Chair.  The reading of this Section indicates that if we have any other Act, where exactly what he is praying for is provided for, there is no need.  So he is actually speaking about the need for publication and this clause is specifically saying that; to say that if it is provided for in another Act, the publication and domestication, there is no need to do it under this Bill.  For instance, we have international agreements and customs agreements that are published under the Income Tax Act, we do not need to do it now when it is already provided for.  So, what he is praying for is exactly what we are setting in this particular clause.  I thank you.

HON. MUSHORIWA: Hon. Minister, what happens in a situation where a certain Act of Parliament makes a provision pertaining to a particular treaty but does not have anything in it that talks to its publication; would you be saying that the provision of this Act will then take centre stage?  I want to believe that there are certain Acts of Parliament which do not mandate the publication of certain treaties, be it bilateral treaties.

 HON. ZIYAMBI: Thank you Hon. Chair.  I think we are in agreement with the Hon. Member.  If you read the clause, it says; ‘the

Act shall not apply to the publication or domestication.’  So if another Act provides for the domestication but not publication, this Act applies.

If it applies to the publication but not domestication, this Act will apply.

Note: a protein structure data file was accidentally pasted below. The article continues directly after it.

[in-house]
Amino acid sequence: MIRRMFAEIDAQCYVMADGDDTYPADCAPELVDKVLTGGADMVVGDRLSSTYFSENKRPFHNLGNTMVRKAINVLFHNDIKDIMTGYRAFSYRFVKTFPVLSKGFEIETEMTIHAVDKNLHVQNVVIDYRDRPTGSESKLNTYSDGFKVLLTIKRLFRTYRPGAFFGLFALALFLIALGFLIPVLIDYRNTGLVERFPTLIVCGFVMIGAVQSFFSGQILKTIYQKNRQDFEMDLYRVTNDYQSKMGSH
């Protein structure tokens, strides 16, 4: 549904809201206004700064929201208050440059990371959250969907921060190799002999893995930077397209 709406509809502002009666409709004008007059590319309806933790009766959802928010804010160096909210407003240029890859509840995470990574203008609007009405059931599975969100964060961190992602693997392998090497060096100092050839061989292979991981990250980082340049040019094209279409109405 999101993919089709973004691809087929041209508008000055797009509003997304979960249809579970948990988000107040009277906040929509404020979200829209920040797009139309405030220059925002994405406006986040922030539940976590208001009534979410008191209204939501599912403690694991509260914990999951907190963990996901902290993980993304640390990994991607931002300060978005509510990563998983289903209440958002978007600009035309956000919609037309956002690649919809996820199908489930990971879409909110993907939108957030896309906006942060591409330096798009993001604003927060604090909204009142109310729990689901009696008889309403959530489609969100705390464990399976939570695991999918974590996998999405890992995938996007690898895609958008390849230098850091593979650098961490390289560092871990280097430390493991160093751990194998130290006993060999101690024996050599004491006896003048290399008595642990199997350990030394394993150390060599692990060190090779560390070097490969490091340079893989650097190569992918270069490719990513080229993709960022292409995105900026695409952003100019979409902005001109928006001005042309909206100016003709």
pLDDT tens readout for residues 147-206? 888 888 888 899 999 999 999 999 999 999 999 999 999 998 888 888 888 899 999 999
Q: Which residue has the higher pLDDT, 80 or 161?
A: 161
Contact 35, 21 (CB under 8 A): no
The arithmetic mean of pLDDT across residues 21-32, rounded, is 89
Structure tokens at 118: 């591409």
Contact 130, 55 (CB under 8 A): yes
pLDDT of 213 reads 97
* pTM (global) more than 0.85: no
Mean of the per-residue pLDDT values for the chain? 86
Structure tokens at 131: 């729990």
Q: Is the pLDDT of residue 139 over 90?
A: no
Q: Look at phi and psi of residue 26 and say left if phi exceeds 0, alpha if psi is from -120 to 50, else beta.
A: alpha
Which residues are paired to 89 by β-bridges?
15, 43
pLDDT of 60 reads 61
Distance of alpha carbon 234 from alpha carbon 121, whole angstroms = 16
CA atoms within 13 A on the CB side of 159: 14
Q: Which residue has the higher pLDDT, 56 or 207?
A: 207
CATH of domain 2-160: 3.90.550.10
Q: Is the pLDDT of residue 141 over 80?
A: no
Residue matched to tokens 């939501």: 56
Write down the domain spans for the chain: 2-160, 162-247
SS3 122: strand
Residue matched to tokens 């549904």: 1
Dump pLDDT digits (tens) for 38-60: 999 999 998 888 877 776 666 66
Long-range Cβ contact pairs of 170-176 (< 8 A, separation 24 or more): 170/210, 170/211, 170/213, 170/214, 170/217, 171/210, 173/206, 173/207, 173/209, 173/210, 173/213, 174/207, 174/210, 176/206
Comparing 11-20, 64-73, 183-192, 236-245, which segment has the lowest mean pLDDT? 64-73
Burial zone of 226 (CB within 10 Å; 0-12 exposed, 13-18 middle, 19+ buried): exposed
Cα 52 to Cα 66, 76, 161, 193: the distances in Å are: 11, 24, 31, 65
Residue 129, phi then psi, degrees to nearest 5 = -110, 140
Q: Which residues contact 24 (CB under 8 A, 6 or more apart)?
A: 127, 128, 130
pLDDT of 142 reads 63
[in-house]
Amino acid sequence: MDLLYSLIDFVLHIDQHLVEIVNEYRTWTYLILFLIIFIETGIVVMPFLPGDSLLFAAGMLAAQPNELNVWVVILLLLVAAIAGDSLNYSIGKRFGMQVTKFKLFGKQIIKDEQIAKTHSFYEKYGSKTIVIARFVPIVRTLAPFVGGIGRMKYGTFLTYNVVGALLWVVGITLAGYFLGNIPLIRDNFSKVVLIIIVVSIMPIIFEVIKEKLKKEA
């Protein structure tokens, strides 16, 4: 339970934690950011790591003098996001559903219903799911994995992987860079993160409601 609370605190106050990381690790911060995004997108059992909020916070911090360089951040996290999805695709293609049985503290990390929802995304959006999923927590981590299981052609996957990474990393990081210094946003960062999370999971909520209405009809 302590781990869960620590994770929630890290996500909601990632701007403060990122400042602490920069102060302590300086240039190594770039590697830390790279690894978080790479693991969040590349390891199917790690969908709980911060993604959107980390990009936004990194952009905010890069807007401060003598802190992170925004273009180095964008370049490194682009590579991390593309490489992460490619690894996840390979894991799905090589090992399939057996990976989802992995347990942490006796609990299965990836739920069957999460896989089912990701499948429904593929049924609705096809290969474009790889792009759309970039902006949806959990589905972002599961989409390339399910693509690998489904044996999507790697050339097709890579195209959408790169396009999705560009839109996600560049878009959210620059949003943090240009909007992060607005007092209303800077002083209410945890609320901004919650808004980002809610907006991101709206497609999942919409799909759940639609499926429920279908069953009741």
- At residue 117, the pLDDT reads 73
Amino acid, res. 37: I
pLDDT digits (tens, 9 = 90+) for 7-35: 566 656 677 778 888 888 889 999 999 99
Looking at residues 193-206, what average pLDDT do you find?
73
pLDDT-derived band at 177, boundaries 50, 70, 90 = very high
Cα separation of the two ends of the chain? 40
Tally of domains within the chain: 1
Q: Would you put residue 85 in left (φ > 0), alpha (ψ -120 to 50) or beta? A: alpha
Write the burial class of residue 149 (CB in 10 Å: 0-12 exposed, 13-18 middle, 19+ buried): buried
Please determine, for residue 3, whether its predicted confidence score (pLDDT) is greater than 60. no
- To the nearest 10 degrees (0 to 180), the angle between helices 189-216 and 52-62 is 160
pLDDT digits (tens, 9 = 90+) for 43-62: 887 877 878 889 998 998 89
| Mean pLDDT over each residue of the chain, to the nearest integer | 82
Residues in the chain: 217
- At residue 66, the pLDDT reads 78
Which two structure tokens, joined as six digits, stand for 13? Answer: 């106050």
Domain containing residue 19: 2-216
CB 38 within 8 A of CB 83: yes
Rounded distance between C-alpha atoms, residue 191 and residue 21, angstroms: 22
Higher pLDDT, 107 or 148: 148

If there is an Act that applies to both publication and domestication, this Act will not apply.  So his worries are already covered by the very wording of this Act.  I thank you.

Clause 3 put and agreed to.

Clause 4 put and agreed to.

On Clause 5:

HON. S. BANDA: Thank you Hon. Chair.  I am worried that in the appointment of functions of PAC it looks like there is a deviation and Parliament is no longer required to be part of the appointment system.  It is only the Attorney General, the Ministry itself, Ministry of

Finance and Economic Development and the Office of the President and Cabinet.  I do not know why Parliament is now out of the mix.  Thank you.

HON. ZIYAMBI: Thank you Hon. Chair.  I rose to allay his fears.

This is an Executive Committee and Parliament’s role in ratifying agreements has not been taken away from you.  Parliament is still relevant when all the Executive functions have been done to ensure that agreements are tidied up, clear, in the national interests and then they are tabled in Parliament for you to assert your role in ratifying the treaties.  I thank you.